J. Edward Meyer

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J. Edward Meyer
Member of the Connecticut Senate
from the 12th district
In office
January 2005 – January 7, 2015
Preceded by William Aniskovich
Succeeded by Edward M. Kennedy Jr.
Constituency represents Branford, Durham, Guilford, Killingworth, Madison, and North Branford
Personal details
Born (1935-04-15) April 15, 1935 (age 83)
New York, New York
Political party

Democrat (since 1973)

Republican (until 1973)
Spouse(s) Patty Ann Meyer
Residence Guilford

J. Edward Meyer III (born April 15, 1935) is an American politician. Meyer, a Democrat, is a former member of the Connecticut Senate, representing the 12th District from 2005 to 2015. Meyer was also a member of the New York State Assembly, serving as a Republican from 1971 to 1973 and a Democrat from 1973 to 1975.

Early life and career[edit]

J. Edward Meyer III[1] was born on April 15, 1935, in New York City, the son of J. Edward Meyer Jr. and Carolyn S. Meyer.[2] He graduated from Yale University and Yale Law School.[3]

In 1964, Meyer was appointed by then U.S. Attorney General Robert F. Kennedy to a position in the Justice Department, where he mainly focused on organized crime prosecutions.[3] Meyer was a member of the New York State Assembly from 1971 to 1974, sitting in the 179th and 180th New York State Legislatures. While initially elected as a Republican, Meyer changed parties in 1973, serving out his term as a Democrat.[4] In 1976, Meyer won the Democratic nomination for New York's 23rd congressional district,[4] however, he was defeated in the general election by Bruce F. Caputo.[5] Meyer also served on the Board of Regents of the State University of New York from 1977 to 2000.[6]

Connecticut State Senator[edit]

Meyer, a resident of Guilford, represented the eastern suburbs of New Haven along the coast of Long Island Sound, including the towns of Branford, Durham, Guilford, Killingworth, Madison, and North Branford. As a state senator, he had been a leading supporter of legalizing assisted suicide.[7]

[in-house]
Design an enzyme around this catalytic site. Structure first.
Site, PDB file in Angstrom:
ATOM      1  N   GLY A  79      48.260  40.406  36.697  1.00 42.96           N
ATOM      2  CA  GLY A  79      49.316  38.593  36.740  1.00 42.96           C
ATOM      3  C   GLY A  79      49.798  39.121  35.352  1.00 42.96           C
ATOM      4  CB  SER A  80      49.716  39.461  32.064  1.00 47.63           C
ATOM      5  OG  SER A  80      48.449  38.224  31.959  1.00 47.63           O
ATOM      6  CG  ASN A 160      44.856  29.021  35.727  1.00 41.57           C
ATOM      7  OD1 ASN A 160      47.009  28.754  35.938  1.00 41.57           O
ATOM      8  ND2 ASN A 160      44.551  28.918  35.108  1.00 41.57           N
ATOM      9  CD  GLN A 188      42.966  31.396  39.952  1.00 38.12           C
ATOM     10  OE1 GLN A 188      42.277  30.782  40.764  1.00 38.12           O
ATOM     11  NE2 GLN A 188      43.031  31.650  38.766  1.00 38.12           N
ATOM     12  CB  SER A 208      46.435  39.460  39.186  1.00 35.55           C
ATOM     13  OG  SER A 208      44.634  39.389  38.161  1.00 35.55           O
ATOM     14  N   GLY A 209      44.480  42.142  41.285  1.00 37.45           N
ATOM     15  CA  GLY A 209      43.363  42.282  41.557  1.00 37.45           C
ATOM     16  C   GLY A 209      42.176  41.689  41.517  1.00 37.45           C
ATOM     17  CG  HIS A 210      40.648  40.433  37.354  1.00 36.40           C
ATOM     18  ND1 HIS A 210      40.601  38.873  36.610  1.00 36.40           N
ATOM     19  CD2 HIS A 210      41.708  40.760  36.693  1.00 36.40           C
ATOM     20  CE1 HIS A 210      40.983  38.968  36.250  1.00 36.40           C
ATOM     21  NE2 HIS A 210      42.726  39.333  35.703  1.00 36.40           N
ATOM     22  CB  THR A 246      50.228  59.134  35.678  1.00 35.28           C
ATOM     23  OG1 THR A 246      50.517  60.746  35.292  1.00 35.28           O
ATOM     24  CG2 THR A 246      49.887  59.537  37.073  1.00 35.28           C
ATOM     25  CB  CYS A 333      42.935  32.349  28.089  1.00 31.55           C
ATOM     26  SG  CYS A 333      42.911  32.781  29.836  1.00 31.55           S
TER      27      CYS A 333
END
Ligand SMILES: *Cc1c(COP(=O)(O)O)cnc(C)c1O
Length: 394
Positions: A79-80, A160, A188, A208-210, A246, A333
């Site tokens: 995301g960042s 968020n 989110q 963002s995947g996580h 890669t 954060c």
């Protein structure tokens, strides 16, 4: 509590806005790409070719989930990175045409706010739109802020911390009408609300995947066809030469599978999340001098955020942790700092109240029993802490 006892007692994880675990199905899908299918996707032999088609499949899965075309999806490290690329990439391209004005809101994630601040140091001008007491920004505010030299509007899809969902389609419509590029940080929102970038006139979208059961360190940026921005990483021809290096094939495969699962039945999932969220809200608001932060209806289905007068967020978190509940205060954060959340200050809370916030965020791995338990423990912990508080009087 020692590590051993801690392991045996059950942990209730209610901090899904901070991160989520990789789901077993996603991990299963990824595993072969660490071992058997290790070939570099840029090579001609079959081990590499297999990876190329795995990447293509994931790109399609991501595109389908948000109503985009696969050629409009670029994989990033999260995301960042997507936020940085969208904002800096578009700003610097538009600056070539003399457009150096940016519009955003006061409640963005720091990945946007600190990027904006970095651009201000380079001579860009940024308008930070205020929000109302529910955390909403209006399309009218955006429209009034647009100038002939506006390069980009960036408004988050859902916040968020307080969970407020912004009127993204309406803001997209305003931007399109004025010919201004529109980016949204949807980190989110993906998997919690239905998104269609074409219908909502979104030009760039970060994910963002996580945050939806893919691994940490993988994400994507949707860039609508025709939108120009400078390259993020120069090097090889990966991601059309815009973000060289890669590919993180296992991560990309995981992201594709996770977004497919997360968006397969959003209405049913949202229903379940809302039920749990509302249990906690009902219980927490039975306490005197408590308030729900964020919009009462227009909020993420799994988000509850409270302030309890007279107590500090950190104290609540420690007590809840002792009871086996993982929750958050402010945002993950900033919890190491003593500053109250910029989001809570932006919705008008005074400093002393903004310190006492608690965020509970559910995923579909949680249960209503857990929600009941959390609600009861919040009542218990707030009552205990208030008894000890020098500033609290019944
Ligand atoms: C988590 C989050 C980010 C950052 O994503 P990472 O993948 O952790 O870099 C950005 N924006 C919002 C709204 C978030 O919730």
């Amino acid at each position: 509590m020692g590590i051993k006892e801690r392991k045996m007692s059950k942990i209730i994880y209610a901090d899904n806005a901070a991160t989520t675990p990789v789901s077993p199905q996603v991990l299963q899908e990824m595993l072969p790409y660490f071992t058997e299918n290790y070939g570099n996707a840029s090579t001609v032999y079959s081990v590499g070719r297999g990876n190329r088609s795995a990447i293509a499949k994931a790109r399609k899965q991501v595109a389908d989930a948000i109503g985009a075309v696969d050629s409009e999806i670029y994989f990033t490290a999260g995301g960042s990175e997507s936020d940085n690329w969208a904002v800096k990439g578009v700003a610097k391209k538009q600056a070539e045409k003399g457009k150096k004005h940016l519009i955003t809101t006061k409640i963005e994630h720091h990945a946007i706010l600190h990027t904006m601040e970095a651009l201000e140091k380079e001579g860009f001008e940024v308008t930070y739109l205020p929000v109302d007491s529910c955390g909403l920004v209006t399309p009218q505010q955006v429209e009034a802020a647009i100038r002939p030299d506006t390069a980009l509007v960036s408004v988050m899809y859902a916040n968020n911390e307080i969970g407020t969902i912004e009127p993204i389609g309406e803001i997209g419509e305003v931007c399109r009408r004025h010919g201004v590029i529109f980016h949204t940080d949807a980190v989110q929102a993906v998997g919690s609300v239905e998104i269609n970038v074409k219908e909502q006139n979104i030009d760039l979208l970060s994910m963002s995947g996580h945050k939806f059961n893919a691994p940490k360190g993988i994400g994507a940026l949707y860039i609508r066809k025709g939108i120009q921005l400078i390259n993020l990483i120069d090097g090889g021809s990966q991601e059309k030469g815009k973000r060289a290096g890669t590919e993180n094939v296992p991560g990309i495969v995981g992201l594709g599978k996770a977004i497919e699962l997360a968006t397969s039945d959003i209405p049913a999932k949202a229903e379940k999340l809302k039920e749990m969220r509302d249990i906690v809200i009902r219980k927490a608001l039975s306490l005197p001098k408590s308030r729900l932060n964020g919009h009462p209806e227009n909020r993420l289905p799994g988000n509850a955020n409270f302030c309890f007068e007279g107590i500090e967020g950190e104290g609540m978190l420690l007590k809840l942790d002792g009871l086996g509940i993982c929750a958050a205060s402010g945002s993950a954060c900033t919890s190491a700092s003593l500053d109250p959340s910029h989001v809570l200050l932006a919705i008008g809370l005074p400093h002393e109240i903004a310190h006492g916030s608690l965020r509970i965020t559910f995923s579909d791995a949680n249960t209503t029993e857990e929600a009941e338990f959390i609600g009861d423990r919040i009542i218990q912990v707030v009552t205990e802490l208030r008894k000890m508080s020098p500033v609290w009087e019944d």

Meyer's political career in Connecticut began in 2004 when he defeated seven term Republican incumbent William Aniskovich. Aniskovich was hampered by his alleged closeness to former Governor John G. Rowland, who had recently resigned due to a corruption investigation.[8]

In 2006, Meyer defeated political newcomer Greg Hannan 23,600 to 13,127 to be elected to his second term in the Connecticut Senate. Meyer was elected to a third term in 2008 after defeating attorney and Iraq War veteran Ryan Suerth 30,565 to 20,430. In 2010, he defeated Durham Planning and Zoning Commissioner Lisa Davenport 21,311 to 19,567. In 2012, Meyer was re-elected to a fifth term, defeating Guilford Selectwoman Cindy Cartier 25,888 to 22,736.

In March 2014, Meyer announced that he would not be running for re-election.[6]

See also[edit]


  1. ^ New York Red Book (1973, pg. 216)
  2. ^ Deaths; MEYER, CAROLYN S. in the New York Times on August 27, 2003
  3. ^ a b Kahn, Sam (18 November 2004). "At 69, Meyer returns to politics with upset win". Yale Daily News. Retrieved 7 April 2014. 
  4. ^ a b "Badillo, Chisholm Survivors of Rugged Primary Battles". Associated Press, via Schenectady Gazette. 16 September 1976. Retrieved 7 April 2014. 
  5. ^ Masters, Brooke A. (2007). Spoiling for a Fight: The Rise of Eliot Spitzer. Macmillan. p. 28. ISBN 1429900679. 
  6. ^ a b Ceneviva, Alex (24 March 2014). "State Senator Ed Meyer not seeking reelection". WTNH. Retrieved 7 April 2014. 
  7. ^ Opponents of Connecticut assisted suicide bill cite flaws
  8. ^ Downs, Peter (3 November 2004). "Meyer Upsets Aniskovich For Senate". Hartford Courant. Retrieved 7 April 2014. 

External links[edit]

New York Assembly
Preceded by
Richard A. Cerosky
New York State Assembly
92nd District

Succeeded by
Peter M. Sullivan
Connecticut Senate
Preceded by
William Aniskovich
Connecticut Senate
12th District

Succeeded by
Edward M. Kennedy Jr.